What you’ll get: During special events, you can get what sounds like an insane appetizer deal from Eastside West, by picking out six delicious appetizers like fried mac & cheese or Angus beef sliders for just $20 a person.

Staying home instead? Planning your own viewing party? Here's our guide to hunting down the PPV live stream , and check out our other watch guides for Boston, Chicago, Dallas, LA, Las Vegas, Miami, NYC, San Diego, San Francisco, and Washington, DC.

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1988 Was the Most Important Year for Craft Beer

Published On 12/21/2018
T hirty years ago, Gary Fish walked into a bank looking for a loan. He told the banker about his plans to build a restaurant with a brewery in Bend, Oregon.
The banker, confused by the very concept, shut Fish down, saying, “We don’t loan to restaurants.” Fish tried to explain the brewery aspect, but was met with “We don’t know beer.”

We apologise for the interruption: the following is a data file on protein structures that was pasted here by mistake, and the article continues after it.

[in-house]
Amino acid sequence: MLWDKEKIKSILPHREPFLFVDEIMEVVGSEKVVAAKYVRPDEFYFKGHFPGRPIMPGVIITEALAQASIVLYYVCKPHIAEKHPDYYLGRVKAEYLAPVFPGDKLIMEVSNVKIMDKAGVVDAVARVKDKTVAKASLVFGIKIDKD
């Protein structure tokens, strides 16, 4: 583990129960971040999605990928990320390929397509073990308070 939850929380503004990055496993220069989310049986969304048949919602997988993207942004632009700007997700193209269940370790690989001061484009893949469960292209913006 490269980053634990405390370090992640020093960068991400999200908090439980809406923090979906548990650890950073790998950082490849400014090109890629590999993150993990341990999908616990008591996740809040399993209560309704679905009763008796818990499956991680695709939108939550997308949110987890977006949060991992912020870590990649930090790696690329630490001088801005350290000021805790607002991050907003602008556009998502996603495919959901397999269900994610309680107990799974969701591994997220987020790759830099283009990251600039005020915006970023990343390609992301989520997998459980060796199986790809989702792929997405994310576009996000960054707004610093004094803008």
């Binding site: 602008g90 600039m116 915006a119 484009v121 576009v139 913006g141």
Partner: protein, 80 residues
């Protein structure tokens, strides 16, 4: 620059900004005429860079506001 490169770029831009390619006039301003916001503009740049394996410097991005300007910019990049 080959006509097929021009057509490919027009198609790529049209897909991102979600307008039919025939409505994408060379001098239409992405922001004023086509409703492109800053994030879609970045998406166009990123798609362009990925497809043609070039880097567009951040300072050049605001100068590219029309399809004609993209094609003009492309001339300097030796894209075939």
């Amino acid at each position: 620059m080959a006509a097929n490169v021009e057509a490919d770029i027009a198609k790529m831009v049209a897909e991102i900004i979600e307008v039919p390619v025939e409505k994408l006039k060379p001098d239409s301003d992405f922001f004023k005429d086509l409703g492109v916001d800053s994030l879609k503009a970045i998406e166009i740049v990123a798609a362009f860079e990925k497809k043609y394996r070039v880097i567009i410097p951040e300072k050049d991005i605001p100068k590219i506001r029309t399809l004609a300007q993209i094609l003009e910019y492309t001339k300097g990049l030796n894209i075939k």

“We went back and forth a while,” Fish said. “Eventually, it was, ‘All right, thanks for your time.’ Banks didn’t want to talk to us. At that time, there wasn’t a marketplace, no industry, no one knew how to make beer.”
Looking back from the present era where San Diego's Ballast Point sold to Constellation Brand for $1 billion and craft beer is omnipresent, the bank sounds crazy. But 30 years back, few people knew anything outside the macro lagers. Fewer still would lend money to upstarts seeking to make their own weird beers.
Fish eventually did secure enough for his little brewery. He opened Deschutes Brewery in 1988. The brewery has grown into one of the largest and most influential breweries in the US on the strength of well-respected flagships like Black Butte Porter and Mirror Pond Pale Ale, an experimental barrel-aging program, and newer additions like Fresh Squeezed IPA.